But the timing of Deep Throat’s appearance on the cultural scene put it in direct conflict with another seismic change in the culture.

*****

Deep Throat
Image: Bryanston Distributing Company

As it happens, the movie came out as the first wave of militant feminism was reaching something of a peak.  One of the signatures of the late 1960s were Women’s Lib marches, bra burnings symbolizing a rejection of male-dictated parameters of femininity.  They were women, hear them roar because, for the first time since Abigail Adams had beseeched her husband to “remember the ladies” as the Thirteen Colonies declared their independence (he didn’t), women were feeling empowered in a way that even gaining the voting franchise in 1920 hadn’t.

The first oral contraceptive had been approved by the FDA in 1960, but it remained illegal in a number of states for a doctor to prescribe it.  It wasn’t until the Supreme Court’s Griswold v. Connecticut ruling in 1965 that the prohibitions were off.  Then, the same year Deep Throat was released, came to the recently reversed SCOTUS Roe v. Wade ruling legalizing abortion.

The combined rulings gave women a sense of sexual empowerment and independence, of physical self-determination in a way American men had always enjoyed, and American women had always been denied.  It was only one element of feminism, but was part of the overall push by women to be recognized – finally – as equals and not subordinates to men; in the home, in the workplace, in the bedroom.

But then women had to deal with Deep Throat, a movie feminists felt – like all porn — degraded women, used women as props to satisfy male fantasies which, in turn, they feared affected how men viewed and dealt with women in the real world:  “If Linda Lovelace can do it, why can’t you?”

Ms. Boreman had her own comeback to that.  In her 1980 memoir Ordeal, Boreman, who by then had allied herself with the anti-porn camp, claimed her husband at the time, Chuck Traynor, had abused her and forced her into prostitution and porn.  “Everyone that watches Deep Throat,” she wrote, “is watching me being raped.”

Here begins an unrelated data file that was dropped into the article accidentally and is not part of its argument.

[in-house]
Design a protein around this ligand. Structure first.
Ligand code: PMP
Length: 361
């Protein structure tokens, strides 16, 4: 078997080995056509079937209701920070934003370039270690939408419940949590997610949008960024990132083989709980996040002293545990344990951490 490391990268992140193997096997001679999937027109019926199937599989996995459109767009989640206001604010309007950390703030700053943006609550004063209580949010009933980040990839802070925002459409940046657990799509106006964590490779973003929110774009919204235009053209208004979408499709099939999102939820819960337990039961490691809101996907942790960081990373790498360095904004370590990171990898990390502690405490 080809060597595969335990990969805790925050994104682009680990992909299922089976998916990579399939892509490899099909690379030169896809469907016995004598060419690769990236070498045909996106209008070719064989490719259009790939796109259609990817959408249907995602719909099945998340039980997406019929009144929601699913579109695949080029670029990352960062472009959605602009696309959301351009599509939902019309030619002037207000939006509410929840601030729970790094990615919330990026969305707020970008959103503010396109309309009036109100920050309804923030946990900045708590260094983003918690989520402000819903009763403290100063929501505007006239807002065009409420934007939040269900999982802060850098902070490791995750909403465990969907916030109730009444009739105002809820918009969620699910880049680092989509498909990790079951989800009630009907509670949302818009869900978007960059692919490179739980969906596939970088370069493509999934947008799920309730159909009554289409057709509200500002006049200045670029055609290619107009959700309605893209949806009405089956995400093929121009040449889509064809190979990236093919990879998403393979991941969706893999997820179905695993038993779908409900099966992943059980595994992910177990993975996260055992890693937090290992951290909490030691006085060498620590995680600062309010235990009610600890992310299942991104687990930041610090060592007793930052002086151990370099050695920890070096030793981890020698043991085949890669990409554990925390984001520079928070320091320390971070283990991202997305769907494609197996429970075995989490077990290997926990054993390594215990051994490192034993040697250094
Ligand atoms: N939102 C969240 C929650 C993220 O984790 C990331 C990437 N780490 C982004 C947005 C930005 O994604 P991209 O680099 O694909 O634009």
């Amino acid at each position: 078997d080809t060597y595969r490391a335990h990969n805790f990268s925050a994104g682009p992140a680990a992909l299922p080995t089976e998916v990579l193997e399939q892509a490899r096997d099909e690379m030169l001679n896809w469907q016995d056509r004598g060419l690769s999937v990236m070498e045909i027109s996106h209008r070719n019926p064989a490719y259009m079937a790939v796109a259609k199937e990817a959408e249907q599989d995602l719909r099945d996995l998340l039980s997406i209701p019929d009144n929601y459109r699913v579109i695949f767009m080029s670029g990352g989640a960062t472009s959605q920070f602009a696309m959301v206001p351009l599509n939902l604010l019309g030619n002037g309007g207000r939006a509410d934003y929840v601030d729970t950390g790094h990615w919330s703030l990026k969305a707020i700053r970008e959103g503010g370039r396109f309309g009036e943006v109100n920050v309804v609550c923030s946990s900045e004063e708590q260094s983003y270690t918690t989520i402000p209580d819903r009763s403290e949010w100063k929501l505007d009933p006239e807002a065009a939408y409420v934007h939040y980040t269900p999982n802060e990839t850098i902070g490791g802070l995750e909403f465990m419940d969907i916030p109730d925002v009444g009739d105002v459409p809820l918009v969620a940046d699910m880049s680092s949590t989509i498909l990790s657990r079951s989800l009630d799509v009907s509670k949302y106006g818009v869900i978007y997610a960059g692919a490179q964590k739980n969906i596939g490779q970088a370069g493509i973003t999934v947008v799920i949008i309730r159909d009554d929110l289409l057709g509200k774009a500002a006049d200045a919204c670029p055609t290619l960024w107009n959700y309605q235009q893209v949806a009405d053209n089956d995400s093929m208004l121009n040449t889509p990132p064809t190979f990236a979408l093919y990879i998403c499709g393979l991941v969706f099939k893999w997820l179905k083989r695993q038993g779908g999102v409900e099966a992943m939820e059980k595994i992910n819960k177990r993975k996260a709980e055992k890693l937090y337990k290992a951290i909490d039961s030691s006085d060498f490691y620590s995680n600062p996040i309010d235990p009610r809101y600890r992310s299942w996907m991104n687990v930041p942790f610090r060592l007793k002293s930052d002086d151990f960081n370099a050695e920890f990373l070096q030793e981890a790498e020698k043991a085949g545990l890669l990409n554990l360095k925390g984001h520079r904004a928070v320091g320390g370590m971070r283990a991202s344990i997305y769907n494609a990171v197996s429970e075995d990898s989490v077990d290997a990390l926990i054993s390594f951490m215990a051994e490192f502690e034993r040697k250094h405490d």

Although Damiano and Boreman’s costar, Harry Reems, disputed her characterization of the experience, forced or not didn’t make the film any more palatable to women fighting a culture that even at the mainstream level, in one way or another, objectified them.

Complicating the issue further – and one of the reasons this whole discussion is relevant to a site like this – is that this simply wasn’t a matter of women feeling put down by a dirty movie because this particular dirty movie also became a battlefront in fights about the First Amendment, censorship, and (not kidding) artistic expression.  Robin Leonardi, the daughter of Gloria Leonard, a contemporary of Boreman and a vanguard of a sort in being the first woman publisher of a men’s magazine (High Society), on the occasion of Deep Throat’s anniversary told a reporter, “Fifty years later we’re still having this conversation about free speech and censorship…”

You have to keep in mind that through the late 1960s and into the early 1970s, mainstream Hollywood, faced with falling attendance, started pushing into heretofore taboo subject areas to get the audience – particularly a young audience – into theaters.  This meant violence got bloodier, and sexual content got sexier, the latter manifesting itself in movies like, among others, Midnight Cowboy (1969), The Killing of Sister George (1968), Reflections in a Golden Eye (1968), The Sergeant (1968), Straw Dogs (1971), The Detective (1968), Bob & Carol & Ted & Alice (1969), and especially the Big Kahuna in the bunch, Last Tango in Paris (1972).  Hollywood’s increasing brazenness had already resulted in self-policing with the MPAA ratings system as a move to preempt calls for government censorship.